(b) Acts which may impose liability. --The following acts by a local agency or any of its employees may result in the imposition of liability on a local agency:


(3) Real property.--The care, custody or control of real property in the possession of the local agency.... As used in this paragraph, "real property" shall not include:


(iv) sidewalks.

The determination of whether a government agency enjoys immunity under a particular set of facts is a Conclusion of law. Here the trial court concluded as a matter of law that immunity applied even assuming that the pipe involved in the accident was a goalpost that was previously affixed to the property.

The Martins next directly challenge the trial court's Conclusion that the City could not be held liable because the goalpost was not attached to the premises at the time of injury. They note that the Supreme Court in Snyder stated that the language in Section 8522(b)(4), 42 Pa. C.S. § 8522(b)(4), governing the exception to sovereign immunity for a dangerous condition of Commonwealth agency real estate and sidewalks, indicated that the dangerous condition must "derive, originate from or have as its source the Commonwealth realty." Snyder, 522 Pa. at 433, 562 A.2d at 311. In Finn v. City of Philadelphia, 165 Pa. Commw. 255, 645 A.2d 320 (Pa. Commw. 1994), aff'd, 541 Pa. 596, 664 A.2d 1342 (1995), this Court stated that liability would be permitted where it was proved that improper design, construction or deterioration created an unnatural accumulation of a foreign substance or thing that caused an injury. Similarly, in Shedrick v. William Penn School Dist., 654 A.2d 163 (Pa. Commw.), appeal denied, 542 Pa. 682, 668 A.2d 1142 (1995), this Court stated that the defect must be one "of" the real estate rather than a condition that merely facilitates injury.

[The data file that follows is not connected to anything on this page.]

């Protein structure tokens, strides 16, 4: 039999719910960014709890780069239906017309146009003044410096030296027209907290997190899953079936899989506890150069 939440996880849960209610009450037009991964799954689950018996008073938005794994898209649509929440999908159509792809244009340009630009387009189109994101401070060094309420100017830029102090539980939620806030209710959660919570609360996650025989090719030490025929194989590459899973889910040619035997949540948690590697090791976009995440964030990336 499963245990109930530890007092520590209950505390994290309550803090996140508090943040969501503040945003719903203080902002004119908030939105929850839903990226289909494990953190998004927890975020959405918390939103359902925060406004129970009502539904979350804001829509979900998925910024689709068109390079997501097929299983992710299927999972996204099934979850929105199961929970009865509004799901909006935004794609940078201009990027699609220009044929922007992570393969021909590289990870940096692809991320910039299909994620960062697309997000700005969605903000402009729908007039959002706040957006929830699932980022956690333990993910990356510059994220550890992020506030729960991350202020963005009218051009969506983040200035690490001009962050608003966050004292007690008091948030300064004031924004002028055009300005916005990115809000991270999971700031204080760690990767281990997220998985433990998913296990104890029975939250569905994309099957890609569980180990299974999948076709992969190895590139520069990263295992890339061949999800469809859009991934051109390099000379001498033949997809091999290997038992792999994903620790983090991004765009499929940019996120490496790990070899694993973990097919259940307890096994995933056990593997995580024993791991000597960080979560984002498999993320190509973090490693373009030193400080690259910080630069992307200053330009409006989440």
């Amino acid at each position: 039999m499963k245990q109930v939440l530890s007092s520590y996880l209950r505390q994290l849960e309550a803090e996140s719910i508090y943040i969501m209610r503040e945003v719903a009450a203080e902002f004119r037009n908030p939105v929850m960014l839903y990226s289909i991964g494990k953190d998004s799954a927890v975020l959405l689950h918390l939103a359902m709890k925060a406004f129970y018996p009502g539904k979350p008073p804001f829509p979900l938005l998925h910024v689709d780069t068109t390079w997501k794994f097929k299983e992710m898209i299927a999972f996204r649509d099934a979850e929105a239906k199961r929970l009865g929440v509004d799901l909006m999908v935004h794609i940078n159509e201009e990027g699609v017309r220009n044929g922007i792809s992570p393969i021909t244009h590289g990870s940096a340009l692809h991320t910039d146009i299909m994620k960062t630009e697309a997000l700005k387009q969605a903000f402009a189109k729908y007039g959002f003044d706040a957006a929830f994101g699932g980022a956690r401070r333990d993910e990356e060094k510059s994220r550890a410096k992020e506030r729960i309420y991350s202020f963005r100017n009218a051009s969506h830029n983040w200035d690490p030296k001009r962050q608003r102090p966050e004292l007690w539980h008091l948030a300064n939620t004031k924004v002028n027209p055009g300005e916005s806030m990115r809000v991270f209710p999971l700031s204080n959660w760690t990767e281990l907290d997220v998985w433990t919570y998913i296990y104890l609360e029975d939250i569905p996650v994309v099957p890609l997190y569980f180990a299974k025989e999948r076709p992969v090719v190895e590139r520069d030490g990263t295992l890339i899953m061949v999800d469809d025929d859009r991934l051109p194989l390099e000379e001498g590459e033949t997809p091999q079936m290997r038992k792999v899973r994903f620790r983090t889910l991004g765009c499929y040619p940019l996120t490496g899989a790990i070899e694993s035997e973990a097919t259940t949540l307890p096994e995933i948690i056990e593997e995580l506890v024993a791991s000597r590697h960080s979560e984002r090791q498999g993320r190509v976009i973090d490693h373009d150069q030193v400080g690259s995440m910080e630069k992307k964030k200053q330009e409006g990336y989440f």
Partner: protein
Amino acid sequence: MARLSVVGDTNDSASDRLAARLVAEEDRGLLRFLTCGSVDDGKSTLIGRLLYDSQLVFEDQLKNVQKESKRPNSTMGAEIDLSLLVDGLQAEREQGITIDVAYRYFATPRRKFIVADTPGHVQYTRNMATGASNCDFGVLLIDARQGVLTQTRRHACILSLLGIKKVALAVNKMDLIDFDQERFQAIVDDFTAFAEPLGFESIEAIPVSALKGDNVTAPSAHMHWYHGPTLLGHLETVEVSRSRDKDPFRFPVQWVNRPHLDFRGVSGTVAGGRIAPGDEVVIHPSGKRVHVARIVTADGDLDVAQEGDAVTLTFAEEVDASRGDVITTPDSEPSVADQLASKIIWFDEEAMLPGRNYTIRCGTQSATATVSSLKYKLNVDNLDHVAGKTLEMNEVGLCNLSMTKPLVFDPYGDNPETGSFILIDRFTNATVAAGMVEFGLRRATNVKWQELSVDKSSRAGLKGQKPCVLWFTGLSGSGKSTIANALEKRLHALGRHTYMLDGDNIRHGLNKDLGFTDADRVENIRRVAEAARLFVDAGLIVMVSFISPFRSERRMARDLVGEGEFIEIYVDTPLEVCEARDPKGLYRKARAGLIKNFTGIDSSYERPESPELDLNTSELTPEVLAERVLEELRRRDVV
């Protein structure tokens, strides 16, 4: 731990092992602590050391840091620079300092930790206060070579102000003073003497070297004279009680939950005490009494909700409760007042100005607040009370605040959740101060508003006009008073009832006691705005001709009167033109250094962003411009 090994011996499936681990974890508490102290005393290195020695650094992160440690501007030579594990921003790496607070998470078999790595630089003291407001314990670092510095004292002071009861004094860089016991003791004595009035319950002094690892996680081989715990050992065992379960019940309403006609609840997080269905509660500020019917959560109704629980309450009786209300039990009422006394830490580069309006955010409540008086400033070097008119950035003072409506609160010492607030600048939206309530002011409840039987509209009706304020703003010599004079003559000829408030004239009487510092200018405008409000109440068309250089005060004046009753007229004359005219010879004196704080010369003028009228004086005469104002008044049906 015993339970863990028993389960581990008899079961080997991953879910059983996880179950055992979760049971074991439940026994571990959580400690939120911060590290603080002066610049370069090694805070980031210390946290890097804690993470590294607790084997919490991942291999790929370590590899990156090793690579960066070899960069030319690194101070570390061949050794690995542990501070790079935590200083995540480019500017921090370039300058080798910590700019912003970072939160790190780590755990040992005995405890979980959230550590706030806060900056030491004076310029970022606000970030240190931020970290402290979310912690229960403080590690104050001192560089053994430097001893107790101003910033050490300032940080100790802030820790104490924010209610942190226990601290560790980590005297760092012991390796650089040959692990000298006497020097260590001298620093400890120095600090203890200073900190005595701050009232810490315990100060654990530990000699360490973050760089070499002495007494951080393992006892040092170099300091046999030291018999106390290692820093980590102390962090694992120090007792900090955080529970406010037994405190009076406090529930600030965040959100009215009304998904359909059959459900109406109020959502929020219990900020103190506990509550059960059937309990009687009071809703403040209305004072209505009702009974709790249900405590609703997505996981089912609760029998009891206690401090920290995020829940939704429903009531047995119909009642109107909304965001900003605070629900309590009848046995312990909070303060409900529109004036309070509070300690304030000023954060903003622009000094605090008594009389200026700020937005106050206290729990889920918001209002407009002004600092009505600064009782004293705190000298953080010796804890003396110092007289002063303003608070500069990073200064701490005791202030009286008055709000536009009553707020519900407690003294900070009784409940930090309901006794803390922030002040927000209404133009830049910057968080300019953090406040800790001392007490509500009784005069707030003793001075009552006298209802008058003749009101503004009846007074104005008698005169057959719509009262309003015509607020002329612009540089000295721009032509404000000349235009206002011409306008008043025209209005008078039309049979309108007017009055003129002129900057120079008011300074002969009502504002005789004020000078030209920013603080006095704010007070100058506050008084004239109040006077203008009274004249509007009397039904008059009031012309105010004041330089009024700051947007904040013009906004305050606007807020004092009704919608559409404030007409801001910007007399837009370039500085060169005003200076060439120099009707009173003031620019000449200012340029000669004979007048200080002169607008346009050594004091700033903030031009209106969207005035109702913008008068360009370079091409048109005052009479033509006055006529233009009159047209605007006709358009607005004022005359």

The Martins argue that the injury to Harry was not caused by a natural accumulation of ice or snow or other substances and that such cases do not apply. Rather, his injury was caused by the artificial condition of a goalpost that formerly was affixed to the property. They contend that the trial court erred in finding a close comparison with and relying upon Kniaz v. Benton Borough, 164 Pa. Commw. 109, 642 A.2d 551 (Pa. Commw. 1994), where a picnic table owned by a borough overturned, causing injury. Summary judgment in favor of the defendant fire company was affirmed because there was no evidence offered that the picnic table was affixed to the pavilion where it was located. The Martins assert that the goalpost had been attached to the ground, and it remained on the premises and "of" the City's land after it was removed from the ground.

The Pennsylvania Supreme Court recently revisited the precise question of the proper interpretation of the real estate exception to governmental immunity in Grieff v. Reisinger, Pa. , 693 A.2d 195, 1997 Pa. LEXIS 866 (1997). There a visitor at a volunteer fire company was burned when paint thinner the fire chief was using to remove paint from the floor was accidentally ignited. The Supreme Court noted that Section 8542(b)(3) expressly states that liability may arise from negligence in the "care, custody or control of real property" and observed that the fire chief was caring for the property when using the paint thinner. The court further stated that cases such as Mascaro v. Youth Study Center, 514 Pa. 351, 523 A.2d 1118 (1987), and its progeny, holding that a defect of real property must cause and not merely facilitate injury, were meant to apply only in situations where third parties cause harm, which was not the case presented in Grieff. It held that the exception for "care, custody or control" of real property subjects a municipality to liability more broadly than does the sidewalk exception.

The Conclusion that the City could not be liable for Harry's injury unless the pipe or goalpost that injured him was affixed to the property at the time of injury must be classified as error. Under Grieff, local agency liability for negligence in the care, custody or control of real property does not require the instrumentality causing harm to be "of" the real estate in the sense of being affixed to it. The Martins must be afforded the opportunity to prove their allegations that a goalpost was left concealed in an area intended for play by children, and the finder of fact will then determine whether the facts proved constitute a dangerous condition arising from the care, custody and control of the City's real property. *fn2 The order of the trial court is reversed, and this case is remanded for further proceedings.



AND NOW, this 2nd day of July, 1997, the order of the Court of Common Pleas of Philadelphia County is reversed, and this case is remanded for further proceedings.

Jurisdiction is relinquished.